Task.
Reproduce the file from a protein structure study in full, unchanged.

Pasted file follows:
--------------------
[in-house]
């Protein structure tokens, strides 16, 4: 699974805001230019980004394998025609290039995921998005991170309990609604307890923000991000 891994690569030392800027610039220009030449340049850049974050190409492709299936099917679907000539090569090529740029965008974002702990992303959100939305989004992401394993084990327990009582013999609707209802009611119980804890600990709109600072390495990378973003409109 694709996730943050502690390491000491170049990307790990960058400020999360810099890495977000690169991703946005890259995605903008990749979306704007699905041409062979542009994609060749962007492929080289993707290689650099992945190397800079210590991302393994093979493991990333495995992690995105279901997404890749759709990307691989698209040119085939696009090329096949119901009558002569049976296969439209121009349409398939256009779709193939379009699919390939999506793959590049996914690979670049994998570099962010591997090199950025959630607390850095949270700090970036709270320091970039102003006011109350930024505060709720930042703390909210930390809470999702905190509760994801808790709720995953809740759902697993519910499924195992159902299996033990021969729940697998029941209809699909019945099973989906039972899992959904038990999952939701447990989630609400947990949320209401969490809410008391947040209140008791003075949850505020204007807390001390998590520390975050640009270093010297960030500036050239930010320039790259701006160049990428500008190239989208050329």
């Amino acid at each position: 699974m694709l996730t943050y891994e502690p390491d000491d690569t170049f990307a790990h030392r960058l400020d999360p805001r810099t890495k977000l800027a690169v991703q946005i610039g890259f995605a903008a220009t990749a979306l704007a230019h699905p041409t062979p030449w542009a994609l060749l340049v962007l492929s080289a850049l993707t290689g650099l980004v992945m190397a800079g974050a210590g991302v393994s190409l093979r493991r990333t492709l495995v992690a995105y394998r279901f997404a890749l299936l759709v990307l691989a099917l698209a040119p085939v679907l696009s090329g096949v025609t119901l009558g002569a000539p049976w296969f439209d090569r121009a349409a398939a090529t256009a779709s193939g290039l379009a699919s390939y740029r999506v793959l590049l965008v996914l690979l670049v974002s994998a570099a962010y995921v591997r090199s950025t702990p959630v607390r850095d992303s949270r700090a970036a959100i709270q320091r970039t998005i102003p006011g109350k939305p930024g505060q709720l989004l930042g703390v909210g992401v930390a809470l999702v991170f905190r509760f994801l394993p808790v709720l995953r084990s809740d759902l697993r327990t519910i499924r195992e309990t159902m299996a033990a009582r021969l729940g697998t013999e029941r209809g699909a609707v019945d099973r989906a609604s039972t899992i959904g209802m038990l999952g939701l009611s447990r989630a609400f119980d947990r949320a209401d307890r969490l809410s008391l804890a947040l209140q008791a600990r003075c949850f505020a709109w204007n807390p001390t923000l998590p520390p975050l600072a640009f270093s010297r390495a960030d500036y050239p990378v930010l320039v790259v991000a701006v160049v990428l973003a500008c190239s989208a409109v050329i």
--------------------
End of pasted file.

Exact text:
[in-house]
């Protein structure tokens, strides 16, 4: 699974805001230019980004394998025609290039995921998005991170309990609604307890923000991000 891994690569030392800027610039220009030449340049850049974050190409492709299936099917679907000539090569090529740029965008974002702990992303959100939305989004992401394993084990327990009582013999609707209802009611119980804890600990709109600072390495990378973003409109 694709996730943050502690390491000491170049990307790990960058400020999360810099890495977000690169991703946005890259995605903008990749979306704007699905041409062979542009994609060749962007492929080289993707290689650099992945190397800079210590991302393994093979493991990333495995992690995105279901997404890749759709990307691989698209040119085939696009090329096949119901009558002569049976296969439209121009349409398939256009779709193939379009699919390939999506793959590049996914690979670049994998570099962010591997090199950025959630607390850095949270700090970036709270320091970039102003006011109350930024505060709720930042703390909210930390809470999702905190509760994801808790709720995953809740759902697993519910499924195992159902299996033990021969729940697998029941209809699909019945099973989906039972899992959904038990999952939701447990989630609400947990949320209401969490809410008391947040209140008791003075949850505020204007807390001390998590520390975050640009270093010297960030500036050239930010320039790259701006160049990428500008190239989208050329």
């Amino acid at each position: 699974m694709l996730t943050y891994e502690p390491d000491d690569t170049f990307a790990h030392r960058l400020d999360p805001r810099t890495k977000l800027a690169v991703q946005i610039g890259f995605a903008a220009t990749a979306l704007a230019h699905p041409t062979p030449w542009a994609l060749l340049v962007l492929s080289a850049l993707t290689g650099l980004v992945m190397a800079g974050a210590g991302v393994s190409l093979r493991r990333t492709l495995v992690a995105y394998r279901f997404a890749l299936l759709v990307l691989a099917l698209a040119p085939v679907l696009s090329g096949v025609t119901l009558g002569a000539p049976w296969f439209d090569r121009a349409a398939a090529t256009a779709s193939g290039l379009a699919s390939y740029r999506v793959l590049l965008v996914l690979l670049v974002s994998a570099a962010y995921v591997r090199s950025t702990p959630v607390r850095d992303s949270r700090a970036a959100i709270q320091r970039t998005i102003p006011g109350k939305p930024g505060q709720l989004l930042g703390v909210g992401v930390a809470l999702v991170f905190r509760f994801l394993p808790v709720l995953r084990s809740d759902l697993r327990t519910i499924r195992e309990t159902m299996a033990a009582r021969l729940g697998t013999e029941r209809g699909a609707v019945d099973r989906a609604s039972t899992i959904g209802m038990l999952g939701l009611s447990r989630a609400f119980d947990r949320a209401d307890r969490l809410s008391l804890a947040l209140q008791a600990r003075c949850f505020a709109w204007n807390p001390t923000l998590p520390p975050l600072a640009f270093s010297r390495a960030d500036y050239p990378v930010l320039v790259v991000a701006v160049v990428l973003a500008c190239s989208a409109v050329i």